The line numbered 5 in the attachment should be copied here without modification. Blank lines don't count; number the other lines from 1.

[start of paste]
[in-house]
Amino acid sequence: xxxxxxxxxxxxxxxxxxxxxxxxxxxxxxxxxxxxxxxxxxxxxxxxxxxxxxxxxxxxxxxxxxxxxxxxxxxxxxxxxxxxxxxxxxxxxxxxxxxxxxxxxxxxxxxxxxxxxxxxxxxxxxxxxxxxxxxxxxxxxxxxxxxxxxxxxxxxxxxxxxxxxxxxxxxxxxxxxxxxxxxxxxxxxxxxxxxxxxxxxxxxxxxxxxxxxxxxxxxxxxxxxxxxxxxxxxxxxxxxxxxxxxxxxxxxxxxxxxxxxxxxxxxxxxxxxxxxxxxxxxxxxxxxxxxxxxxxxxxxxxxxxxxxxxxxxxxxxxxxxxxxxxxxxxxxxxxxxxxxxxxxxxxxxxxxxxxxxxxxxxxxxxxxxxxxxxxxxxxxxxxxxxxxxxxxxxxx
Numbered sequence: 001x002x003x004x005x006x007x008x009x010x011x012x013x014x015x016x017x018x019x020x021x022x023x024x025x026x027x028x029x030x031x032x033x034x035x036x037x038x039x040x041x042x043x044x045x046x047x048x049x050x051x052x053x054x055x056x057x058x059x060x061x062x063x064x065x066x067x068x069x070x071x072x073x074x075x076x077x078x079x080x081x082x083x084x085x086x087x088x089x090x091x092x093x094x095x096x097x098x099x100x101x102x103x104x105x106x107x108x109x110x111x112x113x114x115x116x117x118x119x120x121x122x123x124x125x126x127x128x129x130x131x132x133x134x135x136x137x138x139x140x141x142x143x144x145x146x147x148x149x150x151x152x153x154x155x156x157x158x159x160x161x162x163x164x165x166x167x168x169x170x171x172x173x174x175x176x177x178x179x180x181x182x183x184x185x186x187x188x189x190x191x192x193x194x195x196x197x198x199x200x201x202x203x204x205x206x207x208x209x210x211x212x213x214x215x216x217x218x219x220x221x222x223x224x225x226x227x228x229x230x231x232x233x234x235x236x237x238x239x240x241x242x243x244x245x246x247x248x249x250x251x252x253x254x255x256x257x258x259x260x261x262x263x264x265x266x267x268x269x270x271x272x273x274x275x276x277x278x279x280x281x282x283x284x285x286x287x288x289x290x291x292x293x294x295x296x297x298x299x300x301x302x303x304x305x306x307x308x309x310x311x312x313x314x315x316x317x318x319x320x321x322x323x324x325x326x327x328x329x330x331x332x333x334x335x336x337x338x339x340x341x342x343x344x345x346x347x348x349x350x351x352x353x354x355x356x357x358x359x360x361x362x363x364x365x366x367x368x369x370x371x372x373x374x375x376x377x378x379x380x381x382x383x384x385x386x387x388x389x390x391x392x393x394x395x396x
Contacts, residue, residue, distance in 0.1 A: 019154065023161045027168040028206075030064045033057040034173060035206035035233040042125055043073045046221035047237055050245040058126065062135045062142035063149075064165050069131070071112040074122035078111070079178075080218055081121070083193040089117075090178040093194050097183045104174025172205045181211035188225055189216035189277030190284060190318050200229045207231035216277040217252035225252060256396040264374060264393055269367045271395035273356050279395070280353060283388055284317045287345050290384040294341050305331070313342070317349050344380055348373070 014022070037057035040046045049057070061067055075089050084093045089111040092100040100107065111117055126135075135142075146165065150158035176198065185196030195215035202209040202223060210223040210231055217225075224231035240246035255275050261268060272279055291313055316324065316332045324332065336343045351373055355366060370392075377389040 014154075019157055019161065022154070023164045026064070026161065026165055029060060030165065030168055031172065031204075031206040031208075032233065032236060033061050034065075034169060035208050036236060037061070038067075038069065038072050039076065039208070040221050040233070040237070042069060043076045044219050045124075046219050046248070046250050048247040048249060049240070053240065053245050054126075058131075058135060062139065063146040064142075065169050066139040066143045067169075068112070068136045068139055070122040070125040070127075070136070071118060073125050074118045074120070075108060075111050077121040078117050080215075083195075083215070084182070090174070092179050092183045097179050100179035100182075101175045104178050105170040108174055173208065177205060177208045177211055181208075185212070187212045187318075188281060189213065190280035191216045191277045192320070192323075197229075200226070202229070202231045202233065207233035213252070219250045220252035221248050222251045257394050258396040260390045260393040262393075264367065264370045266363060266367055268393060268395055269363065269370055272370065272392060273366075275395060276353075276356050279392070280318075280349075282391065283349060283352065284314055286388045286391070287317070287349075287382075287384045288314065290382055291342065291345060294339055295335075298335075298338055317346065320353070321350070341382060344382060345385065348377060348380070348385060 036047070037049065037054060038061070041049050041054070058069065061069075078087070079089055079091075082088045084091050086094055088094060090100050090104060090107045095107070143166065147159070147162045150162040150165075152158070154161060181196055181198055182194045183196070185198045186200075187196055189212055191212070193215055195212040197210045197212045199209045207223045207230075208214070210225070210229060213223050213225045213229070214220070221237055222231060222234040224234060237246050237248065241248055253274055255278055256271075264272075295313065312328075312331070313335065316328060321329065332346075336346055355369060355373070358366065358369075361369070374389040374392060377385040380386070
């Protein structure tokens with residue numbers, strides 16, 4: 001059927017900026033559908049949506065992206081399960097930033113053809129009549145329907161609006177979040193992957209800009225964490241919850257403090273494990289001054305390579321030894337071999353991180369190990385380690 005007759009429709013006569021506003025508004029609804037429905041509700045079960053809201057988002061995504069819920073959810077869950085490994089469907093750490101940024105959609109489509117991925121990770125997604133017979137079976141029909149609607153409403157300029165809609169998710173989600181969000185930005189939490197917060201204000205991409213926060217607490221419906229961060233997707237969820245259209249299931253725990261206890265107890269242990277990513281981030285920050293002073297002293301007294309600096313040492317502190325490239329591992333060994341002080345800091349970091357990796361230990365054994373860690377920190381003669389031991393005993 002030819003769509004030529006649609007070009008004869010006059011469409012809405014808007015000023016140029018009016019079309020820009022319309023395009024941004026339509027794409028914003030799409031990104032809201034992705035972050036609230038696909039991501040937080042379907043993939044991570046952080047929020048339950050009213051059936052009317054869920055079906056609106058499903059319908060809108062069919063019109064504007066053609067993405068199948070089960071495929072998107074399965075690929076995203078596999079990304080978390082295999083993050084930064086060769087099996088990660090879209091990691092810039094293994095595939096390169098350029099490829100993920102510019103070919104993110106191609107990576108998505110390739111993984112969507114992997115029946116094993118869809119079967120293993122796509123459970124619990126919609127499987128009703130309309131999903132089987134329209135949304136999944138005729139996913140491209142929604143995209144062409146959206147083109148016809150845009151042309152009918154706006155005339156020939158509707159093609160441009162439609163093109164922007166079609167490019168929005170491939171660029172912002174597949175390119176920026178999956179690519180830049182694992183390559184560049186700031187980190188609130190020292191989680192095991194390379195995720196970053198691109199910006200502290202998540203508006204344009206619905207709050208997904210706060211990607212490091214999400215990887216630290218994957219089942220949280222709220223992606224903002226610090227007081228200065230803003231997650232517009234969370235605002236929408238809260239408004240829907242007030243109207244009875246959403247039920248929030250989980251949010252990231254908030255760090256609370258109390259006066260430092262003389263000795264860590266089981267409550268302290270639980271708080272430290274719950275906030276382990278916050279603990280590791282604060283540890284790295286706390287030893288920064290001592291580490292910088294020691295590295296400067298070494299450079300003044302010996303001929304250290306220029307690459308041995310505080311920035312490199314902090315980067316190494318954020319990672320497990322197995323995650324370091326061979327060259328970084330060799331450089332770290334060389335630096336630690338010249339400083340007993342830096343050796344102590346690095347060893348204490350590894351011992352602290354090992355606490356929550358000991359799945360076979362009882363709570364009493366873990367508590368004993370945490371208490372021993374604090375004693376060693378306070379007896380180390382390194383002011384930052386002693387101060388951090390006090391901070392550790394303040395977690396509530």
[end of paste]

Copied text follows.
């Protein structure tokens with residue numbers, strides 16, 4: 001059927017900026033559908049949506065992206081399960097930033113053809129009549145329907161609006177979040193992957209800009225964490241919850257403090273494990289001054305390579321030894337071999353991180369190990385380690 005007759009429709013006569021506003025508004029609804037429905041509700045079960053809201057988002061995504069819920073959810077869950085490994089469907093750490101940024105959609109489509117991925121990770125997604133017979137079976141029909149609607153409403157300029165809609169998710173989600181969000185930005189939490197917060201204000205991409213926060217607490221419906229961060233997707237969820245259209249299931253725990261206890265107890269242990277990513281981030285920050293002073297002293301007294309600096313040492317502190325490239329591992333060994341002080345800091349970091357990796361230990365054994373860690377920190381003669389031991393005993 002030819003769509004030529006649609007070009008004869010006059011469409012809405014808007015000023016140029018009016019079309020820009022319309023395009024941004026339509027794409028914003030799409031990104032809201034992705035972050036609230038696909039991501040937080042379907043993939044991570046952080047929020048339950050009213051059936052009317054869920055079906056609106058499903059319908060809108062069919063019109064504007066053609067993405068199948070089960071495929072998107074399965075690929076995203078596999079990304080978390082295999083993050084930064086060769087099996088990660090879209091990691092810039094293994095595939096390169098350029099490829100993920102510019103070919104993110106191609107990576108998505110390739111993984112969507114992997115029946116094993118869809119079967120293993122796509123459970124619990126919609127499987128009703130309309131999903132089987134329209135949304136999944138005729139996913140491209142929604143995209144062409146959206147083109148016809150845009151042309152009918154706006155005339156020939158509707159093609160441009162439609163093109164922007166079609167490019168929005170491939171660029172912002174597949175390119176920026178999956179690519180830049182694992183390559184560049186700031187980190188609130190020292191989680192095991194390379195995720196970053198691109199910006200502290202998540203508006204344009206619905207709050208997904210706060211990607212490091214999400215990887216630290218994957219089942220949280222709220223992606224903002226610090227007081228200065230803003231997650232517009234969370235605002236929408238809260239408004240829907242007030243109207244009875246959403247039920248929030250989980251949010252990231254908030255760090256609370258109390259006066260430092262003389263000795264860590266089981267409550268302290270639980271708080272430290274719950275906030276382990278916050279603990280590791282604060283540890284790295286706390287030893288920064290001592291580490292910088294020691295590295296400067298070494299450079300003044302010996303001929304250290306220029307690459308041995310505080311920035312490199314902090315980067316190494318954020319990672320497990322197995323995650324370091326061979327060259328970084330060799331450089332770290334060389335630096336630690338010249339400083340007993342830096343050796344102590346690095347060893348204490350590894351011992352602290354090992355606490356929550358000991359799945360076979362009882363709570364009493366873990367508590368004993370945490371208490372021993374604090375004693376060693378306070379007896380180390382390194383002011384930052386002693387101060388951090390006090391901070392550790394303040395977690396509530």